The PSP means that the paramedics are alerted before arrival and are aware that not looking too bad is not an indication that things are okay for me. They're also aware of the complications that can arise. For me it provides a degree of reassurance and makes me feel more in control and better able to manage / get help if the need arises.

  • Update

    Thanks to everyone who responded to this message.

    I got worse thoroughout the evening and night and had to call NHS Direct (because my lips went blue) who contacted the out of hours doctor, fortunately for me the doctor was a GP at the doctor's surgery I am and she very cross about the Paramedics actions or rather the lack of, she came to my home and stayed with me and treated me for 2 hours whilst I was being given oxygen, nebuliser and three nebules of Atrovent later plus a steroid injection. The doctor made the telephone call to Southern Central Ambulance and made an official complaint.

    I am feeling a bit better today though.

  • thats so blinking shocking. i hope that they do make him retrain as he obv doesnt know his job very well if your peak flow was that low... i always have the opposite in that im taken in every time which makes me naffed off cos they always say we will just treat you at home -but then take me in regardless. i did have a doc once say that i was making it worse cos i was hypervent breathing- well derr yes i was cos i was wobbly as anything with the amount of inhalers and nebs and stressed to bits cos couldnt settle a bad asthma attack.....like to see them deal with it without getting stressed. hope you are ok today x

  • Hi asthma girl. Clearly the paramedic was acting inappropriately here. Make sure that your GP tells you what the response was to his complaint. Don't let this one poor experience put you off from calling 999 again. At the end of the day you are the expert when to comes to your condition.

  • That's a disgrace, I've recently been advised by a specialist the first thing they should do is check your peak flow (if you can do it). She was cross when I told her I was turned away from casualty last year (without pf check) as I 'wasn't wheezing'. Like you, I tried treating myself - with piriton on top of inhalers, which helped ease things, my specialist said I was lucky that it did.

    I've been asked by docs/nurses why I haven't dialled 999 when I've been struggling, I thing your experience and my last casualty experience explain it all. I'd give your docs/asthma nurse a call to let them know what happened and they may prescribe something extra to help.

    Hope you are feeling better soon.

  • I received an e-mail today from the ambulance service involved asking for further information from me because they want to carry out there own investigation as to why this happened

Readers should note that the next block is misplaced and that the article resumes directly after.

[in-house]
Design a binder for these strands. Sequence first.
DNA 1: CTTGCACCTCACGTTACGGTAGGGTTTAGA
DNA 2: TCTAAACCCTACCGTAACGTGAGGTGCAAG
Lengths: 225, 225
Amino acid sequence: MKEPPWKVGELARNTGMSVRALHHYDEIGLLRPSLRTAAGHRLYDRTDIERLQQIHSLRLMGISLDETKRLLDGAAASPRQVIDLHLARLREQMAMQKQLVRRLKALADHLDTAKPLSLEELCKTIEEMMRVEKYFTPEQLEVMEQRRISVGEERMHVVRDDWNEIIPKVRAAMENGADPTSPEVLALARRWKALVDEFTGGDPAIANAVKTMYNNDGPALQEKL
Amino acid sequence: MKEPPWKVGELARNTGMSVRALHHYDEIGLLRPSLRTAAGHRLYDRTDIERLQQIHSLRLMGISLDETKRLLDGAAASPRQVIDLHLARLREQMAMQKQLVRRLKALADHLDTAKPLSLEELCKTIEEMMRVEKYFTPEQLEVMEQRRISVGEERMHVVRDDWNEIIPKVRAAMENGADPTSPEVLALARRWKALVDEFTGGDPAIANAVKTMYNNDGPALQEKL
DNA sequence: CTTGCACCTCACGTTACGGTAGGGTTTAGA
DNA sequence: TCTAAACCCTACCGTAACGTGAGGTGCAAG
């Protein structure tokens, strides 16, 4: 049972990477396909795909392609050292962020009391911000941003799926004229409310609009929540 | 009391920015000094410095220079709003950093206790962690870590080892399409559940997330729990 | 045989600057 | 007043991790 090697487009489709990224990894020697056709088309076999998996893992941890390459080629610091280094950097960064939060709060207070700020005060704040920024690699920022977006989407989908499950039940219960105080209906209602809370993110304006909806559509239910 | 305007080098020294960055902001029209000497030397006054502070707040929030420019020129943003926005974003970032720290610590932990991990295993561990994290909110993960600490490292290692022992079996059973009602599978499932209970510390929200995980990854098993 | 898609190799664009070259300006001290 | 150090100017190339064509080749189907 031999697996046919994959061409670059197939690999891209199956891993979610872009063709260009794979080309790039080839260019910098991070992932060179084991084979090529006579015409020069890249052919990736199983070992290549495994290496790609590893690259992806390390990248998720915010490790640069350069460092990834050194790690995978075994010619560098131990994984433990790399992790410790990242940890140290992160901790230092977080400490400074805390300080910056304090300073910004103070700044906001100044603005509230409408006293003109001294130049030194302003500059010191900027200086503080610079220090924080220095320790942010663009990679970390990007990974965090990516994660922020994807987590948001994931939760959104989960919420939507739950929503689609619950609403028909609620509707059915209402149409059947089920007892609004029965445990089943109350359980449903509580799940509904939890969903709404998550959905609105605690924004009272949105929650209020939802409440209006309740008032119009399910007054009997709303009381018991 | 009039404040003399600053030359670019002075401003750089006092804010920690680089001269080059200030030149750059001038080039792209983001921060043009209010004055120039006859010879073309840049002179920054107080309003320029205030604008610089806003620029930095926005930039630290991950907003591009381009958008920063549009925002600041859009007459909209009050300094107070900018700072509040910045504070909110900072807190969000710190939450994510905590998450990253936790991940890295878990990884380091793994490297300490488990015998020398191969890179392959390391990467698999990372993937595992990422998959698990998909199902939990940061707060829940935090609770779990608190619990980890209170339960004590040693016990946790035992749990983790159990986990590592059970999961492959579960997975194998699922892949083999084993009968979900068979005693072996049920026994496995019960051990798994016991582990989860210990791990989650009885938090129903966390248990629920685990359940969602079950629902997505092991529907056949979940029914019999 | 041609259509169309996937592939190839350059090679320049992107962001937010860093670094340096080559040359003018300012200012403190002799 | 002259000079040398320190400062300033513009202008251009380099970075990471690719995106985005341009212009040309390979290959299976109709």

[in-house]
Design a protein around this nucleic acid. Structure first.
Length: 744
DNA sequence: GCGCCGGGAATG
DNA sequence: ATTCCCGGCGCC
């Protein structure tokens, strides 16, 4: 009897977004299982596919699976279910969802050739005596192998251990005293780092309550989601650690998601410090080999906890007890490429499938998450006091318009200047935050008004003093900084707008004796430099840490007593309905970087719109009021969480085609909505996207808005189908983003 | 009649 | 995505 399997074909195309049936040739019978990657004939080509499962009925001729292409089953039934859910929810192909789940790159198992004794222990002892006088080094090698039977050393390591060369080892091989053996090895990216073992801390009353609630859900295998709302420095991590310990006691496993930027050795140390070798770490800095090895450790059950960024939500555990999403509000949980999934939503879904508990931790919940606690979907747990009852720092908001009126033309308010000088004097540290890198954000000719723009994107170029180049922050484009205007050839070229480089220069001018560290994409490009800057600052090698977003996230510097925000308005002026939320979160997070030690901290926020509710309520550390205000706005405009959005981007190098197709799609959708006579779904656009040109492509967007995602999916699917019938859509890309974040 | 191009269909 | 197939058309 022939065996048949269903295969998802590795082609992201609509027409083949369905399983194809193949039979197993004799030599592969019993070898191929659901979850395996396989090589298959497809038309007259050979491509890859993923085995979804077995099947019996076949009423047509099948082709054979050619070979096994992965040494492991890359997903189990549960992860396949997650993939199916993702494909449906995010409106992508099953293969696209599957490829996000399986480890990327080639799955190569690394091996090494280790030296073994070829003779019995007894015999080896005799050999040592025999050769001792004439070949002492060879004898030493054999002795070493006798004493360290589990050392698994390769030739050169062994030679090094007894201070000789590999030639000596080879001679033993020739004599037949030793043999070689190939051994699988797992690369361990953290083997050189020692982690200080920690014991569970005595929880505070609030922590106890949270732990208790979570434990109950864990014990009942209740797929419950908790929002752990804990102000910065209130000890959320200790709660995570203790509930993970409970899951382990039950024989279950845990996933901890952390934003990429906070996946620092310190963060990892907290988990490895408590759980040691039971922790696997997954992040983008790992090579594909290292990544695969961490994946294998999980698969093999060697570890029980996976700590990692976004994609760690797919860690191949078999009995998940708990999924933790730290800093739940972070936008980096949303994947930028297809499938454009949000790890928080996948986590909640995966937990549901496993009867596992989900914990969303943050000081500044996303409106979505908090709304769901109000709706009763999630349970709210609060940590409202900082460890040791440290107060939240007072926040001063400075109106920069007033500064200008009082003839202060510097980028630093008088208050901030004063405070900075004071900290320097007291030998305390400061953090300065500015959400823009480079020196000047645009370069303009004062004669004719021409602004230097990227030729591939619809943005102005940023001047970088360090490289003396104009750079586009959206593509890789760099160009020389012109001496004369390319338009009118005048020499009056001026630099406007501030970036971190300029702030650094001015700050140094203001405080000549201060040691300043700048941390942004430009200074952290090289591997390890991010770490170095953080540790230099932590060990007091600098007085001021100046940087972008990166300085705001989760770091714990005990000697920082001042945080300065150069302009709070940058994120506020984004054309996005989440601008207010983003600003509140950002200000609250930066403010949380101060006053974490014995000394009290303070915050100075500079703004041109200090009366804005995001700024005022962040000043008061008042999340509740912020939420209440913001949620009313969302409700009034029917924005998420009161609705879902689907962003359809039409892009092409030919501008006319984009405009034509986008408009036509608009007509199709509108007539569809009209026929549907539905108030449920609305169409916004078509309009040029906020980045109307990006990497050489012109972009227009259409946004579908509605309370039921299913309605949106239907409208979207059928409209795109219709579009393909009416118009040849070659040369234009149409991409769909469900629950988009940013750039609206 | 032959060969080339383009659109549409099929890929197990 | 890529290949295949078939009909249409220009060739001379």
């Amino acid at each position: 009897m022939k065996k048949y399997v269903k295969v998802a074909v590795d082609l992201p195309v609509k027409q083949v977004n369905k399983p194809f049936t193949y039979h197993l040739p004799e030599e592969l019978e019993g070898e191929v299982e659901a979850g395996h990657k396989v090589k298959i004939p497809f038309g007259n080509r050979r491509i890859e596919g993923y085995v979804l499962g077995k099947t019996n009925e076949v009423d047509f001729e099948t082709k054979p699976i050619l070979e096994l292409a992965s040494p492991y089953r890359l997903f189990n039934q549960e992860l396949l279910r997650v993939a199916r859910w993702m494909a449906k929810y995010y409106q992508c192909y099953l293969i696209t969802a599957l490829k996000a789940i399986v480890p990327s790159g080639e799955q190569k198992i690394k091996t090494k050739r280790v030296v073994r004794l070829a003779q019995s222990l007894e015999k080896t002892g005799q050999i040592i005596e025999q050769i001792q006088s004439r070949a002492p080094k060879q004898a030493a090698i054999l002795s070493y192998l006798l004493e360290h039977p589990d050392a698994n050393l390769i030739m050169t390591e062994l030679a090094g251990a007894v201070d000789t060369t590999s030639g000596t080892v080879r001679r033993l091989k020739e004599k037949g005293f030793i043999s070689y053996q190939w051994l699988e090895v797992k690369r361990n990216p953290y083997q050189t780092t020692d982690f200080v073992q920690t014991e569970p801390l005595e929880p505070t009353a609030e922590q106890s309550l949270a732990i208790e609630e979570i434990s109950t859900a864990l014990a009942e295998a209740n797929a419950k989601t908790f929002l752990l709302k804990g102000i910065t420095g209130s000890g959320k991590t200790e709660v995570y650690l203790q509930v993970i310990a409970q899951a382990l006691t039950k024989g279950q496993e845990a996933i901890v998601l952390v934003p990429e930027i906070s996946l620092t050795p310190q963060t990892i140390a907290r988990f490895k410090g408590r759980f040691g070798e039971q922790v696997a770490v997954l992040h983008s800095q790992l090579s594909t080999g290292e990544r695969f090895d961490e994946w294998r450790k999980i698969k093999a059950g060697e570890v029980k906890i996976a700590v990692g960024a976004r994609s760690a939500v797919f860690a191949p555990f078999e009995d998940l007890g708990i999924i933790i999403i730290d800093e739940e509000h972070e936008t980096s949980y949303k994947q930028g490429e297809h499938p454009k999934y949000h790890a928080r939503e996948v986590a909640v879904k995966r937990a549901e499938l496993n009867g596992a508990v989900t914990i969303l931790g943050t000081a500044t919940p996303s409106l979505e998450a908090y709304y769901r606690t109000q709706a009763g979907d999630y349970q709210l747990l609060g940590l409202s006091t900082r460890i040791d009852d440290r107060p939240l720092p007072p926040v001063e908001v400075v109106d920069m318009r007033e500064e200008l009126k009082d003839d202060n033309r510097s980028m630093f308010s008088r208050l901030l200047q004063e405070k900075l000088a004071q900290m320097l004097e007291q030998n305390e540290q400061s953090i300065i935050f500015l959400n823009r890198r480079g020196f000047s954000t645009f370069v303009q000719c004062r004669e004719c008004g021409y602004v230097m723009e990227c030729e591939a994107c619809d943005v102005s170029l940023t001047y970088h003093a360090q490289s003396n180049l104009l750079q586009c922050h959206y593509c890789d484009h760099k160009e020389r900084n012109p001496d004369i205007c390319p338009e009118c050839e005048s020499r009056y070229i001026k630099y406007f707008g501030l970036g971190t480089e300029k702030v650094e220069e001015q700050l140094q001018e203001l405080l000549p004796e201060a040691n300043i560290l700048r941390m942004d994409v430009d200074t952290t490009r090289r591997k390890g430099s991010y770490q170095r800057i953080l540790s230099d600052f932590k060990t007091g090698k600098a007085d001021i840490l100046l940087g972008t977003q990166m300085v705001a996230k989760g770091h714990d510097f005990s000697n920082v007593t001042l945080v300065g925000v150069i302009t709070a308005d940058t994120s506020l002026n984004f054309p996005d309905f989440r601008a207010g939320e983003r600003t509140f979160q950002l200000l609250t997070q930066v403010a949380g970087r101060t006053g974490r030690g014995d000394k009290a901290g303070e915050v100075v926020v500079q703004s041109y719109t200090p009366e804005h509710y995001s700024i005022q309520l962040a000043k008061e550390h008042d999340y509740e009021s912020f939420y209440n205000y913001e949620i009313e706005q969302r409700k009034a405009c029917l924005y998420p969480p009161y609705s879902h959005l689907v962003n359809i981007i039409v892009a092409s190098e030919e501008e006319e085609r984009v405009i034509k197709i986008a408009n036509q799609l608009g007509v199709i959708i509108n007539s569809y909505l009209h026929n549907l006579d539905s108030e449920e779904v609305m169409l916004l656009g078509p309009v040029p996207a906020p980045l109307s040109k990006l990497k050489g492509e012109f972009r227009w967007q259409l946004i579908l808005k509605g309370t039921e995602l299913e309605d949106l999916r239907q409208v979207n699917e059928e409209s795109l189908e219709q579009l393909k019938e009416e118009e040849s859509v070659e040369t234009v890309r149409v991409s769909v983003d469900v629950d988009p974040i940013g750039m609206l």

• thats really good that they are investigating it. im really sorry to hear it happened in the first place.

    Jess x

  • OMG Asthmagirl that is horrid. I have the call 99 loads for either me or my son and so far we have never had this issue. So glad the ambulance service are doing an investigation I hope that paramedic get's reprimanded for what he did. He should of called in for an ambulance to take you in to A&E for a doctor to give you a check over with a peak flow at 130. Hope the asthma is better than it is and you never have to go through this experience again

  • Another Update

    The ambulance service in question here are wanting to have a meeting with me to discuss this further it is nice to know that they are taking this seriously.

  • One word - that is absolutely disgusting! I really feel for you..you shouldn't have had to go through that! I really hope you've given some constructive feed-back and hope they put measures in place to stop this thing from happening again.

    Gareth

  • sorry to hear of your negative experience. Although I too have been there with a RRP. One refused to treat me because I ""wasn't wheezy"" got to A and E and found out I had a silent chest. Not seen that particular Paramedic since

  • Good News

    Thought you all would like to know that I have received a letter of apology from the ambulance service involved and the Rapid Response Paramedic has spoken to about this issue.

    It did come to light during there investigation that he should have got me to do my peakflow and when my oxygen levels dropped I should have been given oxygen.

    At least they are continuing to monitor the paramedics work